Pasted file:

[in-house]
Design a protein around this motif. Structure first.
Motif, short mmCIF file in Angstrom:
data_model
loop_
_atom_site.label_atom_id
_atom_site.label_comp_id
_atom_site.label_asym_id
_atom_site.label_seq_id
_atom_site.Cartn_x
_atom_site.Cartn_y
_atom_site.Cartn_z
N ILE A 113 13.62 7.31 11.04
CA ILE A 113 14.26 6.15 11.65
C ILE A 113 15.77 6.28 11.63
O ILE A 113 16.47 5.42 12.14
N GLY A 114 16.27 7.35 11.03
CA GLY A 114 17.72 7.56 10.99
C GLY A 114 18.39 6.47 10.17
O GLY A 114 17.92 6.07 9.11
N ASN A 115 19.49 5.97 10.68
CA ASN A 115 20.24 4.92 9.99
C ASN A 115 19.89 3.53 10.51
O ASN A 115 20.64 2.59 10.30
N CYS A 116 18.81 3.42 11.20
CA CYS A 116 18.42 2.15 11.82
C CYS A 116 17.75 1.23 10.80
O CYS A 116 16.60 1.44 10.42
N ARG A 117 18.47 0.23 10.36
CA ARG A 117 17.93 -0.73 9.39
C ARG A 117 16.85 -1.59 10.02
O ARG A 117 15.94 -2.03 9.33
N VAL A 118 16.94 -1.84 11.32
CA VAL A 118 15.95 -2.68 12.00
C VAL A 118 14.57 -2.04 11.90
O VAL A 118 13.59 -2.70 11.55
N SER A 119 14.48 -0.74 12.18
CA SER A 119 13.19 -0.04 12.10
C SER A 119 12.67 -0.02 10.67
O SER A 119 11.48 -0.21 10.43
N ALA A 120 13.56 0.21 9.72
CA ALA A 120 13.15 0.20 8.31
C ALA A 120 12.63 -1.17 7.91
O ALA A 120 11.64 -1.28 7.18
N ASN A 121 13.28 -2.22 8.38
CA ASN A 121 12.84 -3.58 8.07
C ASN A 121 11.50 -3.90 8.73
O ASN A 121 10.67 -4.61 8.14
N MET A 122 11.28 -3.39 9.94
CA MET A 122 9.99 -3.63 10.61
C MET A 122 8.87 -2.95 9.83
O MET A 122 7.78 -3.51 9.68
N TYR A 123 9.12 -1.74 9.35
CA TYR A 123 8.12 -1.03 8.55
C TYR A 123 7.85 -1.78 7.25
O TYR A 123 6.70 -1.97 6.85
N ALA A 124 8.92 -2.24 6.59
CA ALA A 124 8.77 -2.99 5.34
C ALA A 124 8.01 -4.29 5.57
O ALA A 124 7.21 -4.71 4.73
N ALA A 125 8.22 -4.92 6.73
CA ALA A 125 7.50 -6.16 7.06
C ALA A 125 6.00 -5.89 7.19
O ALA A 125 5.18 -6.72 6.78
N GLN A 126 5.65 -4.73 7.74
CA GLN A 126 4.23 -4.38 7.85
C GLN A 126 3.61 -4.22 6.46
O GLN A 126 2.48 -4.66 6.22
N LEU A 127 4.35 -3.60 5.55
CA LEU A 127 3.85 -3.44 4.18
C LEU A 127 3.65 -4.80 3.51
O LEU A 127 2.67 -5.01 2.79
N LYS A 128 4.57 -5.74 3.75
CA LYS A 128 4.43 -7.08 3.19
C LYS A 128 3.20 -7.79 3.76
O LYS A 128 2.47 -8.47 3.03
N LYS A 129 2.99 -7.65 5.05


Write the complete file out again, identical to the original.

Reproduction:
[in-house]
Design a protein around this motif. Structure first.
Motif, short mmCIF file in Angstrom:
data_model
loop_
_atom_site.label_atom_id
_atom_site.label_comp_id
_atom_site.label_asym_id
_atom_site.label_seq_id
_atom_site.Cartn_x
_atom_site.Cartn_y
_atom_site.Cartn_z
N ILE A 113 13.62 7.31 11.04
CA ILE A 113 14.26 6.15 11.65
C ILE A 113 15.77 6.28 11.63
O ILE A 113 16.47 5.42 12.14
N GLY A 114 16.27 7.35 11.03
CA GLY A 114 17.72 7.56 10.99
C GLY A 114 18.39 6.47 10.17
O GLY A 114 17.92 6.07 9.11
N ASN A 115 19.49 5.97 10.68
CA ASN A 115 20.24 4.92 9.99
C ASN A 115 19.89 3.53 10.51
O ASN A 115 20.64 2.59 10.30
N CYS A 116 18.81 3.42 11.20
CA CYS A 116 18.42 2.15 11.82
C CYS A 116 17.75 1.23 10.80
O CYS A 116 16.60 1.44 10.42
N ARG A 117 18.47 0.23 10.36
CA ARG A 117 17.93 -0.73 9.39
C ARG A 117 16.85 -1.59 10.02
O ARG A 117 15.94 -2.03 9.33
N VAL A 118 16.94 -1.84 11.32
CA VAL A 118 15.95 -2.68 12.00
C VAL A 118 14.57 -2.04 11.90
O VAL A 118 13.59 -2.70 11.55
N SER A 119 14.48 -0.74 12.18
CA SER A 119 13.19 -0.04 12.10
C SER A 119 12.67 -0.02 10.67
O SER A 119 11.48 -0.21 10.43
N ALA A 120 13.56 0.21 9.72
CA ALA A 120 13.15 0.20 8.31
C ALA A 120 12.63 -1.17 7.91
O ALA A 120 11.64 -1.28 7.18
N ASN A 121 13.28 -2.22 8.38
CA ASN A 121 12.84 -3.58 8.07
C ASN A 121 11.50 -3.90 8.73
O ASN A 121 10.67 -4.61 8.14
N MET A 122 11.28 -3.39 9.94
CA MET A 122 9.99 -3.63 10.61
C MET A 122 8.87 -2.95 9.83
O MET A 122 7.78 -3.51 9.68
N TYR A 123 9.12 -1.74 9.35
CA TYR A 123 8.12 -1.03 8.55
C TYR A 123 7.85 -1.78 7.25
O TYR A 123 6.70 -1.97 6.85
N ALA A 124 8.92 -2.24 6.59
CA ALA A 124 8.77 -2.99 5.34
C ALA A 124 8.01 -4.29 5.57
O ALA A 124 7.21 -4.71 4.73
N ALA A 125 8.22 -4.92 6.73
CA ALA A 125 7.50 -6.16 7.06
C ALA A 125 6.00 -5.89 7.19
O ALA A 125 5.18 -6.72 6.78
N GLN A 126 5.65 -4.73 7.74
CA GLN A 126 4.23 -4.38 7.85
C GLN A 126 3.61 -4.22 6.46
O GLN A 126 2.48 -4.66 6.22
N LEU A 127 4.35 -3.60 5.55
CA LEU A 127 3.85 -3.44 4.18
C LEU A 127 3.65 -4.80 3.51
O LEU A 127 2.67 -5.01 2.79
N LYS A 128 4.57 -5.74 3.75
CA LYS A 128 4.43 -7.08 3.19
C LYS A 128 3.20 -7.79 3.76
O LYS A 128 2.47 -8.47 3.03
N LYS A 129 2.99 -7.65 5.05